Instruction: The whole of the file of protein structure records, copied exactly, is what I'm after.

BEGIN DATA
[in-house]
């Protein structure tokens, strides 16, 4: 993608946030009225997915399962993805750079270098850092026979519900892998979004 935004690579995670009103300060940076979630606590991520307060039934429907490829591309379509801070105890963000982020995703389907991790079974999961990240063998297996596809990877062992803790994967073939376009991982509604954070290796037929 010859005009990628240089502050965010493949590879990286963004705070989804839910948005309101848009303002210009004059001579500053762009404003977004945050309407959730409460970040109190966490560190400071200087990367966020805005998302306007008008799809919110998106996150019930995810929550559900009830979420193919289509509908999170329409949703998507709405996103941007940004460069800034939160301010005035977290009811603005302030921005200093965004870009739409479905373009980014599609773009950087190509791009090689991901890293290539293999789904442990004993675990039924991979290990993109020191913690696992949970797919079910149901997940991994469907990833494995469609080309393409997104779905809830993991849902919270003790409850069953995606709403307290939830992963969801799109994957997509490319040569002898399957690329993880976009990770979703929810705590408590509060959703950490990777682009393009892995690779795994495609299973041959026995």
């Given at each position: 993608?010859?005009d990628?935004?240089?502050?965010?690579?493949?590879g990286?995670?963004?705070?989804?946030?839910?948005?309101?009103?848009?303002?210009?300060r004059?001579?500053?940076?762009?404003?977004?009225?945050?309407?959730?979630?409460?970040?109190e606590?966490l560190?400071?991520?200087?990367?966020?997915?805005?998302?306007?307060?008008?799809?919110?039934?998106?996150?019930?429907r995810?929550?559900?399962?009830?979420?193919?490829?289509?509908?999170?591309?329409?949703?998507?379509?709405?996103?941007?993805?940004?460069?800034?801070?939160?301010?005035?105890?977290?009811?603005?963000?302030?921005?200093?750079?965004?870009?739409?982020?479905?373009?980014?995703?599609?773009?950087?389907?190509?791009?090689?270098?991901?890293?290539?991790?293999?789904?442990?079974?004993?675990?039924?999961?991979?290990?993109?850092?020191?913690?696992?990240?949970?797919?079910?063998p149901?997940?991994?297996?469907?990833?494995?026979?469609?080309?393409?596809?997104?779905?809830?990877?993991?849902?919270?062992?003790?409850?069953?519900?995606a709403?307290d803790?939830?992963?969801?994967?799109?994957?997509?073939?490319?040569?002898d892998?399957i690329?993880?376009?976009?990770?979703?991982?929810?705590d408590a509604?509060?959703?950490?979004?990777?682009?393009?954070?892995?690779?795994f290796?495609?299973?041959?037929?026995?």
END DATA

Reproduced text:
[in-house]
């Protein structure tokens, strides 16, 4: 993608946030009225997915399962993805750079270098850092026979519900892998979004 935004690579995670009103300060940076979630606590991520307060039934429907490829591309379509801070105890963000982020995703389907991790079974999961990240063998297996596809990877062992803790994967073939376009991982509604954070290796037929 010859005009990628240089502050965010493949590879990286963004705070989804839910948005309101848009303002210009004059001579500053762009404003977004945050309407959730409460970040109190966490560190400071200087990367966020805005998302306007008008799809919110998106996150019930995810929550559900009830979420193919289509509908999170329409949703998507709405996103941007940004460069800034939160301010005035977290009811603005302030921005200093965004870009739409479905373009980014599609773009950087190509791009090689991901890293290539293999789904442990004993675990039924991979290990993109020191913690696992949970797919079910149901997940991994469907990833494995469609080309393409997104779905809830993991849902919270003790409850069953995606709403307290939830992963969801799109994957997509490319040569002898399957690329993880976009990770979703929810705590408590509060959703950490990777682009393009892995690779795994495609299973041959026995």
């Given at each position: 993608?010859?005009d990628?935004?240089?502050?965010?690579?493949?590879g990286?995670?963004?705070?989804?946030?839910?948005?309101?009103?848009?303002?210009?300060r004059?001579?500053?940076?762009?404003?977004?009225?945050?309407?959730?979630?409460?970040?109190e606590?966490l560190?400071?991520?200087?990367?966020?997915?805005?998302?306007?307060?008008?799809?919110?039934?998106?996150?019930?429907r995810?929550?559900?399962?009830?979420?193919?490829?289509?509908?999170?591309?329409?949703?998507?379509?709405?996103?941007?993805?940004?460069?800034?801070?939160?301010?005035?105890?977290?009811?603005?963000?302030?921005?200093?750079?965004?870009?739409?982020?479905?373009?980014?995703?599609?773009?950087?389907?190509?791009?090689?270098?991901?890293?290539?991790?293999?789904?442990?079974?004993?675990?039924?999961?991979?290990?993109?850092?020191?913690?696992?990240?949970?797919?079910?063998p149901?997940?991994?297996?469907?990833?494995?026979?469609?080309?393409?596809?997104?779905?809830?990877?993991?849902?919270?062992?003790?409850?069953?519900?995606a709403?307290d803790?939830?992963?969801?994967?799109?994957?997509?073939?490319?040569?002898d892998?399957i690329?993880?376009?976009?990770?979703?991982?929810?705590d408590a509604?509060?959703?950490?979004?990777?682009?393009?954070?892995?690779?795994f290796?495609?299973?041959?037929?026995?």